A lab technician labels COVID-19 test swabs before processing at the Sonoma County Department of Public Health in Santa Rosa. Photo by Anne Wernikoff for CalMatters

San Diego County’s Health and Human Services Agency continues to see higher numbers of new COVID-19 cases, with 745 reported Monday.

After a peak of 1,264 new cases released Friday — the highest number since February – officials reported 784 new infections Saturday and 515 Sunday.

Overwhelmingly, locally and across the country, the new cases are being found among those who have not been vaccinated. Officials said 89% of a recent group of more than 6,500 San Diegans who tested positive were not fully vaccinated.

The new cases bring the total number of local cases since the pandemic began to 292,688. The death toll remains at 3,793.

Meanwhile, on Monday, Gov Gavin Newsom announced that all state employees and workers at hospitals and healthcare facilities across California must show proof of COVID-19 vaccination.

The policy allows though for those who are unable to show proof, or refuse to do so, to be tested at least once a week for the virus.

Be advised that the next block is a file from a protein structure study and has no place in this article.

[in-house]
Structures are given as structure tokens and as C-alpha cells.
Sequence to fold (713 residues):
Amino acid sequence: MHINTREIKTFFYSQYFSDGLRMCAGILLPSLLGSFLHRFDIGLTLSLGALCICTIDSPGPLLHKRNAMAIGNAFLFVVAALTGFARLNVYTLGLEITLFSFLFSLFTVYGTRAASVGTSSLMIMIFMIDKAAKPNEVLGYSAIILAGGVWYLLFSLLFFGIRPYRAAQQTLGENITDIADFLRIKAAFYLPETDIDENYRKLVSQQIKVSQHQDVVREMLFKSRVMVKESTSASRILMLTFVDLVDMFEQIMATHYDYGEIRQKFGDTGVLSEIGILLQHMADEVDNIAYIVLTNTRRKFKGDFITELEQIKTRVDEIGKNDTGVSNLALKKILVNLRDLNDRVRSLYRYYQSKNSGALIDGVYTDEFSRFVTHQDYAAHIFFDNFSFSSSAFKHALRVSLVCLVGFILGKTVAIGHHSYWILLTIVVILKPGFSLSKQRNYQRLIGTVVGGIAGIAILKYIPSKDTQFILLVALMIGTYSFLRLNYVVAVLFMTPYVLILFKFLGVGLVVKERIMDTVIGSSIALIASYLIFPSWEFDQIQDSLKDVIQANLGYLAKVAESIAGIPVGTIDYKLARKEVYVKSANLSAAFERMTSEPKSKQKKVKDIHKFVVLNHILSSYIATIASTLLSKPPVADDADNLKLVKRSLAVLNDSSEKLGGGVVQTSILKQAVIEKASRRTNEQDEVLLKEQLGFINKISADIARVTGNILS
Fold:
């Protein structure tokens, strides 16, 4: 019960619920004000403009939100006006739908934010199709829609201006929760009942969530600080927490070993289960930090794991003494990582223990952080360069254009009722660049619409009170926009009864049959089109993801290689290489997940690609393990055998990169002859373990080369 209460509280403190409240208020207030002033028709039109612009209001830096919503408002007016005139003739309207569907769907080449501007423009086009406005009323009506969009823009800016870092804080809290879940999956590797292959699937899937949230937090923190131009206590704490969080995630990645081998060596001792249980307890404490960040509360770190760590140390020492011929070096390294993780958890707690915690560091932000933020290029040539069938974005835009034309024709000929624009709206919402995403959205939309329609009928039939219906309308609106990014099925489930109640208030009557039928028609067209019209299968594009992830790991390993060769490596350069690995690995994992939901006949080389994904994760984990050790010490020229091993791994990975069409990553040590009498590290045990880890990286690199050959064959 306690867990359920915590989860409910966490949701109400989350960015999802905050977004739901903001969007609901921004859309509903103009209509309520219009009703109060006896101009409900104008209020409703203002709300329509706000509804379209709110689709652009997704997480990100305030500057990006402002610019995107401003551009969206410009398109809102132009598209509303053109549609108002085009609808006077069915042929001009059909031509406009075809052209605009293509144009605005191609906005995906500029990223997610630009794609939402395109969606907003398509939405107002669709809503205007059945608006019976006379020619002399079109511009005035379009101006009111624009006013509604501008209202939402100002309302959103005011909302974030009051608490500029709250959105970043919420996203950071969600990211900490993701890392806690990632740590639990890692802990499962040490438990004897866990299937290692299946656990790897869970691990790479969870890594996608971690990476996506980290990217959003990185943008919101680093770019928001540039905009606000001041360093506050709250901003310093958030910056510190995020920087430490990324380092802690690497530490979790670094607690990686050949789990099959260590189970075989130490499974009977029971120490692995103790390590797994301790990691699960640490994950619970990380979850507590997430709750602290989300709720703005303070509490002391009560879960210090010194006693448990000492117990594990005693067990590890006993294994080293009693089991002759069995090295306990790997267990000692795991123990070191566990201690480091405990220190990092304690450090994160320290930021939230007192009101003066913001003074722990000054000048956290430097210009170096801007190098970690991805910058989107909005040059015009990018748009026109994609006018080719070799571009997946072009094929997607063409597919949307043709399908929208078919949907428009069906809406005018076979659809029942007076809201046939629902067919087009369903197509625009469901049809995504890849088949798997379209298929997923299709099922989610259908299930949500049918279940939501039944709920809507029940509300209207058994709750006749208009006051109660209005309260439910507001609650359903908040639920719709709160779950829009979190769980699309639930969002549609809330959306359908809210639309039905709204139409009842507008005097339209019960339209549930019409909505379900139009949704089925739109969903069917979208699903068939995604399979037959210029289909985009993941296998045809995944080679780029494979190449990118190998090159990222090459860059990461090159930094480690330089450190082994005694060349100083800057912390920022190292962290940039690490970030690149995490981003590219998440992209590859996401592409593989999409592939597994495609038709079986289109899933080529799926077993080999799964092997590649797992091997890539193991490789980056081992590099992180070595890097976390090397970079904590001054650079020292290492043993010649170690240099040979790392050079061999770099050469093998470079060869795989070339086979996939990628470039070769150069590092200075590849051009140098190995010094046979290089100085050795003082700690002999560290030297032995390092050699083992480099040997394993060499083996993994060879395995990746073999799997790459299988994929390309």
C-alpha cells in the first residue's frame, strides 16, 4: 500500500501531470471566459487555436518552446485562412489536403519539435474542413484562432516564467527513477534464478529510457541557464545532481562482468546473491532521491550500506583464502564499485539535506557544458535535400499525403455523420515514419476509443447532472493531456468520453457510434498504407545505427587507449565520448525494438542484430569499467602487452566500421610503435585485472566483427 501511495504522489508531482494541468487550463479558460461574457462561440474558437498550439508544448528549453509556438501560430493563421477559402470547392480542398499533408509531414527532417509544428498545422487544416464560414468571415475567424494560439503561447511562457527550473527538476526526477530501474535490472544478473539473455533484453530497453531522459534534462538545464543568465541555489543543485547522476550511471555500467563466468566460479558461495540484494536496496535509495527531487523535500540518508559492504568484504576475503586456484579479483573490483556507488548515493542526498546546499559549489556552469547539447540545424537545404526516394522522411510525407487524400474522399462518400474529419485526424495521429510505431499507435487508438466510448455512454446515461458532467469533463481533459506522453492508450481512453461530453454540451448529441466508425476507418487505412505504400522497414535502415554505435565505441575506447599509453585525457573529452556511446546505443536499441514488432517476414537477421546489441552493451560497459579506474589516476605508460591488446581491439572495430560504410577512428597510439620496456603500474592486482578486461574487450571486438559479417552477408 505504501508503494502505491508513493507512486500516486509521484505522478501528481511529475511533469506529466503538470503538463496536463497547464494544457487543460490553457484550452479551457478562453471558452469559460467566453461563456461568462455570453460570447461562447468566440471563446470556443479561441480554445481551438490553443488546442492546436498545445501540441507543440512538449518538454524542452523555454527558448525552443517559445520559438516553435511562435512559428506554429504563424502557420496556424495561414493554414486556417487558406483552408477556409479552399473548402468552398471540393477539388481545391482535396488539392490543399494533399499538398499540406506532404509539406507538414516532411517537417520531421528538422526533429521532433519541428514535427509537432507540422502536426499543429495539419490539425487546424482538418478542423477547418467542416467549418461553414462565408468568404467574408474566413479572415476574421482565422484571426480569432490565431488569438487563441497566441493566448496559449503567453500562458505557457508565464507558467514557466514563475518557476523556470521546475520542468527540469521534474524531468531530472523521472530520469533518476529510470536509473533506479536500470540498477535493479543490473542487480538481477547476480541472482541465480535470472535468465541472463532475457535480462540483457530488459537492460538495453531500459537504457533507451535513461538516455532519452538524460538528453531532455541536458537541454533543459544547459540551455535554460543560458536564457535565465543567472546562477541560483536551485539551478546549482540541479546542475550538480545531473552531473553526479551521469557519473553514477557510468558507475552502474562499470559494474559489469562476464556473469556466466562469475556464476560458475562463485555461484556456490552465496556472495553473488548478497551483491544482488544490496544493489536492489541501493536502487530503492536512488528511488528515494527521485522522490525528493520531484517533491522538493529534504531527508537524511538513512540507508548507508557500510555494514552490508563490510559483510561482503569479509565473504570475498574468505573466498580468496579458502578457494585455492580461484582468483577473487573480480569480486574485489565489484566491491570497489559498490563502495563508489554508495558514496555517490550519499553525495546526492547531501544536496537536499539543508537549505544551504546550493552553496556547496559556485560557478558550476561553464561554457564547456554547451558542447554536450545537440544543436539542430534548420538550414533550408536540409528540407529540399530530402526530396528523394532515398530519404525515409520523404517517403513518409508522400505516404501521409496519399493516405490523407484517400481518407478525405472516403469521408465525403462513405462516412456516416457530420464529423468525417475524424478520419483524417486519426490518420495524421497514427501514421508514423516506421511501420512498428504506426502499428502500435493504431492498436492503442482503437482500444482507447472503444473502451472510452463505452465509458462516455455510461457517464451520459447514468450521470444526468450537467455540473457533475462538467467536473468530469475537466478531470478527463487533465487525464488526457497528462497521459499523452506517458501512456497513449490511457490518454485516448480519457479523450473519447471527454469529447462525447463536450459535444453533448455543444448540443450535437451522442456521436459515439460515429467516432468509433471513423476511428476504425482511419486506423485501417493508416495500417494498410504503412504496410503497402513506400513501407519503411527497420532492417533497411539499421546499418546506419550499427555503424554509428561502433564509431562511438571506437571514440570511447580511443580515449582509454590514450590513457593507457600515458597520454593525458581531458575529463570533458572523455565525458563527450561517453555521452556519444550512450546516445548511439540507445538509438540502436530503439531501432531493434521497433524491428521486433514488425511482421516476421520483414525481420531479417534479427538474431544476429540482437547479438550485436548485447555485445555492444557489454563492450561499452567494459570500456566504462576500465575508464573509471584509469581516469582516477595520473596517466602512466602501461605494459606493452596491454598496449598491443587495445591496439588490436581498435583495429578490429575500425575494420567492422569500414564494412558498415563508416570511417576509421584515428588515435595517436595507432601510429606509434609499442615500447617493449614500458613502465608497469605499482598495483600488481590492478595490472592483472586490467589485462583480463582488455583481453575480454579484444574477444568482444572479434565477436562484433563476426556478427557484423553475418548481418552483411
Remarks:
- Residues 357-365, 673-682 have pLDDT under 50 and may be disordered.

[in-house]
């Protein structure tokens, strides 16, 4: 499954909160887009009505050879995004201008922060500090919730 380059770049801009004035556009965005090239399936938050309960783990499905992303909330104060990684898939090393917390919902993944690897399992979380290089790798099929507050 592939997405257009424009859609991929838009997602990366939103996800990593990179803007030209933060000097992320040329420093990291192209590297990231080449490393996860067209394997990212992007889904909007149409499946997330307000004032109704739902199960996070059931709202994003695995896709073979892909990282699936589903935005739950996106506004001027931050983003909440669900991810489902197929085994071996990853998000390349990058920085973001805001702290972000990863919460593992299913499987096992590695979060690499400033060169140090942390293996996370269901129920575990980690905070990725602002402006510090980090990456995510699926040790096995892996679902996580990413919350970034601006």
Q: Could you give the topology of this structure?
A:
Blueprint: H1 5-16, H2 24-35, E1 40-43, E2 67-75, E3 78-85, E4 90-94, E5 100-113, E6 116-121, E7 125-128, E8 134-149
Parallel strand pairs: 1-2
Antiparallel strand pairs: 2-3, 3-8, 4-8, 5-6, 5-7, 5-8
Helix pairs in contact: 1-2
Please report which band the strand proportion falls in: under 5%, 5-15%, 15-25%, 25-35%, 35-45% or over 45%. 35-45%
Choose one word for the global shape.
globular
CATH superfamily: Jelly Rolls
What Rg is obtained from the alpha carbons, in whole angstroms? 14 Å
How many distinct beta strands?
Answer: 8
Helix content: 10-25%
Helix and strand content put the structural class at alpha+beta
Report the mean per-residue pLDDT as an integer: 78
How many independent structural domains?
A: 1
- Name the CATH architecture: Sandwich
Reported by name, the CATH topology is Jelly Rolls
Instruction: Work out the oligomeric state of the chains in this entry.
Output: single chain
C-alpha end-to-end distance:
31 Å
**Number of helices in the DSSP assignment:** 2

Statewide, public health officials reported 21,940 new cases Monday, to bring the cumulative total to 3.8 million. With 65 more deaths, California’s death toll stands at 63,806.

U.S. officials are considering whether to revise mask guidance for the vaccinated. Los Angeles County, the most populous in the U.S., is again requiring masks indoors, even among the vaccinated.

San Diego County continues to follow California Department of Public Health guidelines which require indoor masking of unvaccinated individuals and masking of everyone in certain settings.

State guidelines permit businesses to require masks for anyone indoors whether people are vaccinated or not. County health officials say San Diegans who feel uncomfortable around others should wear a mask if they want to.

“The biggest risk to the world at the moment is simply Delta,” said microbiologist Sharon Peacock, who runs Britain’s efforts to sequence the genomes of coronavirus variants. She calls it the “fittest and fastest variant yet.”

Reuters contributed to this report.

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